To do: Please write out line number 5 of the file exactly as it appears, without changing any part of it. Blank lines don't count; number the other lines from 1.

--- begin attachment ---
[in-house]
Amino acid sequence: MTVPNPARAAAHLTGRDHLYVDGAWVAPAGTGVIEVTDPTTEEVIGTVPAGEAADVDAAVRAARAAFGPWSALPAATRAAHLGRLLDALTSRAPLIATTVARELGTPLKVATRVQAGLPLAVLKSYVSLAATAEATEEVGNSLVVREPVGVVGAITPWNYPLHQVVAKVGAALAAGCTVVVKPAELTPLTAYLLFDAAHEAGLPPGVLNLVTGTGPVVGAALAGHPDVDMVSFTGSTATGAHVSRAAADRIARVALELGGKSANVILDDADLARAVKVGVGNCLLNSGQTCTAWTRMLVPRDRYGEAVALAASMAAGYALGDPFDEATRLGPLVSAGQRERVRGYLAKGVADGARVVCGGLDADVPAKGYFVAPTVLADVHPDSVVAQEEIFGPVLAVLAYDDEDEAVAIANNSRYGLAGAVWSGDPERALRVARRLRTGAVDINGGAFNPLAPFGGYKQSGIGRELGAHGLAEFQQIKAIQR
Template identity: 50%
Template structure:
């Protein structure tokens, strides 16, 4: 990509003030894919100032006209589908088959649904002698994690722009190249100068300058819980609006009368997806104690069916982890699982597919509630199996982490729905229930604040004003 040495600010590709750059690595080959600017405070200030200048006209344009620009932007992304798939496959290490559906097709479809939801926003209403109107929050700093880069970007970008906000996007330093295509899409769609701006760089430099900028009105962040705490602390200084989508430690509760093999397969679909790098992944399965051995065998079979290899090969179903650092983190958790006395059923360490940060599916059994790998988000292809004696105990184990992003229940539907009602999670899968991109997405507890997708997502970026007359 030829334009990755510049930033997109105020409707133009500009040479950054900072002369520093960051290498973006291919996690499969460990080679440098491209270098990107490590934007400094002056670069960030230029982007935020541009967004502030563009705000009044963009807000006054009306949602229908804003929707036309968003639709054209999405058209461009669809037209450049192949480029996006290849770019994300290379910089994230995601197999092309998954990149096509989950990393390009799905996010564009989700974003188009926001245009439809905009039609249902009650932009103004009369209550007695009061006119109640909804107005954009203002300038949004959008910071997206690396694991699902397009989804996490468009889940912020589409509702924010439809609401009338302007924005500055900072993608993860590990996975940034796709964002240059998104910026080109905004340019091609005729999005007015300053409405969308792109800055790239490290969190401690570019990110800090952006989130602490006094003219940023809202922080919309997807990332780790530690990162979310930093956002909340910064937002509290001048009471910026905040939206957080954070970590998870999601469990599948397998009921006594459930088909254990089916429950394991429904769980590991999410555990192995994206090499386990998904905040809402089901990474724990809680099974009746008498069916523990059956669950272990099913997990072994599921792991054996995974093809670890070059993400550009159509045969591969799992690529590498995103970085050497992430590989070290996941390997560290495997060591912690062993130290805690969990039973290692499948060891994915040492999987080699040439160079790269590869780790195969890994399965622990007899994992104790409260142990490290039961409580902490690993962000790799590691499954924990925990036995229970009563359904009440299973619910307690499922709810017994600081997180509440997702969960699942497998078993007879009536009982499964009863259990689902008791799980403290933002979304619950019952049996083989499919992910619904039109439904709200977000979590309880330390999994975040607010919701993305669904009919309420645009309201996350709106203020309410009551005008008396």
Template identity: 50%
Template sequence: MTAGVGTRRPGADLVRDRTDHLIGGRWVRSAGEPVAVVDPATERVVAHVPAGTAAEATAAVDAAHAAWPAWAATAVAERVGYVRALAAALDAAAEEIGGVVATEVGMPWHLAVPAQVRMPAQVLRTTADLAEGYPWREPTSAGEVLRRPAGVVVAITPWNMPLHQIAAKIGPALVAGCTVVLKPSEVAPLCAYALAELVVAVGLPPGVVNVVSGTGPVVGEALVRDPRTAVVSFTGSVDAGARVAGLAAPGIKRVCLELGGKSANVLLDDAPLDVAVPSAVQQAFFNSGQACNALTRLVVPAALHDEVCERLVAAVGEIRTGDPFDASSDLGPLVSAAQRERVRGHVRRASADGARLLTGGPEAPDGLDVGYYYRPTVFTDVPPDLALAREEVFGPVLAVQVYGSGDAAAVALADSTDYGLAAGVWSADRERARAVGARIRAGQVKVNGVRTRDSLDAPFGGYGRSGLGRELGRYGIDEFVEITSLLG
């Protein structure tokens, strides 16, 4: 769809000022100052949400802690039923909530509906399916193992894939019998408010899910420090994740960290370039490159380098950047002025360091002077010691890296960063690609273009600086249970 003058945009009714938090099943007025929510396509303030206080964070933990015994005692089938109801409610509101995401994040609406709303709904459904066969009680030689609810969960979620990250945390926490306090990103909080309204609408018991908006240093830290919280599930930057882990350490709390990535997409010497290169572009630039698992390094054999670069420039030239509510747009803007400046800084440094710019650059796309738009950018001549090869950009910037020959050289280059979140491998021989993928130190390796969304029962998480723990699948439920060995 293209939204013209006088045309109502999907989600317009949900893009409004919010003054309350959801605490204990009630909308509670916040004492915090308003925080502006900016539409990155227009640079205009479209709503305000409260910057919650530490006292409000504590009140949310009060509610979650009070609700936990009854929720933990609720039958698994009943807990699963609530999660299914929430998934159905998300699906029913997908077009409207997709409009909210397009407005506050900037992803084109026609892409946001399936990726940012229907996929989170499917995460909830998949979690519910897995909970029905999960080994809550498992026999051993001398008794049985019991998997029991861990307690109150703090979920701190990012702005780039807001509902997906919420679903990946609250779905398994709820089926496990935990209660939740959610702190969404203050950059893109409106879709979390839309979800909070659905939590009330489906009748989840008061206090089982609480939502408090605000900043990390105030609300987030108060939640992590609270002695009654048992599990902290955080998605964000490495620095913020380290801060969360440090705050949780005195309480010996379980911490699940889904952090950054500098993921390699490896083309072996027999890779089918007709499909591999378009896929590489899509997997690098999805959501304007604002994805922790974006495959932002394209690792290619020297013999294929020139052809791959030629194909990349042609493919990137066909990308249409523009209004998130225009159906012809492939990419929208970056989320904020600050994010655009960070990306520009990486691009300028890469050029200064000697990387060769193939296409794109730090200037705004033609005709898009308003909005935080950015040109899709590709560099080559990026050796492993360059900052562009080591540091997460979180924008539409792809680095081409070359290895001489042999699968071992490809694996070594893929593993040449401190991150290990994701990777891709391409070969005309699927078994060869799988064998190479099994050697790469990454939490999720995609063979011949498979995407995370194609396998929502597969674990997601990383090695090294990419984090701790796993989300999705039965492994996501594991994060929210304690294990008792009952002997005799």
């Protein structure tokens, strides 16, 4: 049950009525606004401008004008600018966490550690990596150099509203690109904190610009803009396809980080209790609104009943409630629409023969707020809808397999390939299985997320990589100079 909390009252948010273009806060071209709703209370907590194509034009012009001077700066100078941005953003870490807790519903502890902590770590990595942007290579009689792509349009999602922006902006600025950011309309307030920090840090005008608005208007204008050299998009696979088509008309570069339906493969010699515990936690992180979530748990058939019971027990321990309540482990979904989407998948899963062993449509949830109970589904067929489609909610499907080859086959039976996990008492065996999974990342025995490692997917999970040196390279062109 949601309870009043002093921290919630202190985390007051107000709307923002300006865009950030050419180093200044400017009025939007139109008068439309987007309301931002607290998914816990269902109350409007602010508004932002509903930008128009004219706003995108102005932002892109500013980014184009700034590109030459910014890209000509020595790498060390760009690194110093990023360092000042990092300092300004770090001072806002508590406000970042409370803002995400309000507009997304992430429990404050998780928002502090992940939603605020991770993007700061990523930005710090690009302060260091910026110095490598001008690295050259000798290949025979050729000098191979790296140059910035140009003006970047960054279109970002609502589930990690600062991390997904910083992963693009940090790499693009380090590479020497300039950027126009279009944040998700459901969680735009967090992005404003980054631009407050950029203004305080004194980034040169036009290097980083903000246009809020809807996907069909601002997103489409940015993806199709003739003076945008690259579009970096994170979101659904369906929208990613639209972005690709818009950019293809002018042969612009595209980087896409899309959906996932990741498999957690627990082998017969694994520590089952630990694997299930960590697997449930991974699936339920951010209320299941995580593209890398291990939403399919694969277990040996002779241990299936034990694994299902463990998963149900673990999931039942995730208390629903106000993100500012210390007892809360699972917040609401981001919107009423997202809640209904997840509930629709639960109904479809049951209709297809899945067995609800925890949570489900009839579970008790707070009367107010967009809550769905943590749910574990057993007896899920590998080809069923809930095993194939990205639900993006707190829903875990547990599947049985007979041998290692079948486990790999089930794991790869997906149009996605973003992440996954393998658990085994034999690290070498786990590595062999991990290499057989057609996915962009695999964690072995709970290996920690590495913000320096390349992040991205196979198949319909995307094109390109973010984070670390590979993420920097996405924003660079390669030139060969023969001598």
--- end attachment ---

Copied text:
């Protein structure tokens, strides 16, 4: 990509003030894919100032006209589908088959649904002698994690722009190249100068300058819980609006009368997806104690069916982890699982597919509630199996982490729905229930604040004003 040495600010590709750059690595080959600017405070200030200048006209344009620009932007992304798939496959290490559906097709479809939801926003209403109107929050700093880069970007970008906000996007330093295509899409769609701006760089430099900028009105962040705490602390200084989508430690509760093999397969679909790098992944399965051995065998079979290899090969179903650092983190958790006395059923360490940060599916059994790998988000292809004696105990184990992003229940539907009602999670899968991109997405507890997708997502970026007359 030829334009990755510049930033997109105020409707133009500009040479950054900072002369520093960051290498973006291919996690499969460990080679440098491209270098990107490590934007400094002056670069960030230029982007935020541009967004502030563009705000009044963009807000006054009306949602229908804003929707036309968003639709054209999405058209461009669809037209450049192949480029996006290849770019994300290379910089994230995601197999092309998954990149096509989950990393390009799905996010564009989700974003188009926001245009439809905009039609249902009650932009103004009369209550007695009061006119109640909804107005954009203002300038949004959008910071997206690396694991699902397009989804996490468009889940912020589409509702924010439809609401009338302007924005500055900072993608993860590990996975940034796709964002240059998104910026080109905004340019091609005729999005007015300053409405969308792109800055790239490290969190401690570019990110800090952006989130602490006094003219940023809202922080919309997807990332780790530690990162979310930093956002909340910064937002509290001048009471910026905040939206957080954070970590998870999601469990599948397998009921006594459930088909254990089916429950394991429904769980590991999410555990192995994206090499386990998904905040809402089901990474724990809680099974009746008498069916523990059956669950272990099913997990072994599921792991054996995974093809670890070059993400550009159509045969591969799992690529590498995103970085050497992430590989070290996941390997560290495997060591912690062993130290805690969990039973290692499948060891994915040492999987080699040439160079790269590869780790195969890994399965622990007899994992104790409260142990490290039961409580902490690993962000790799590691499954924990925990036995229970009563359904009440299973619910307690499922709810017994600081997180509440997702969960699942497998078993007879009536009982499964009863259990689902008791799980403290933002979304619950019952049996083989499919992910619904039109439904709200977000979590309880330390999994975040607010919701993305669904009919309420645009309201996350709106203020309410009551005008008396």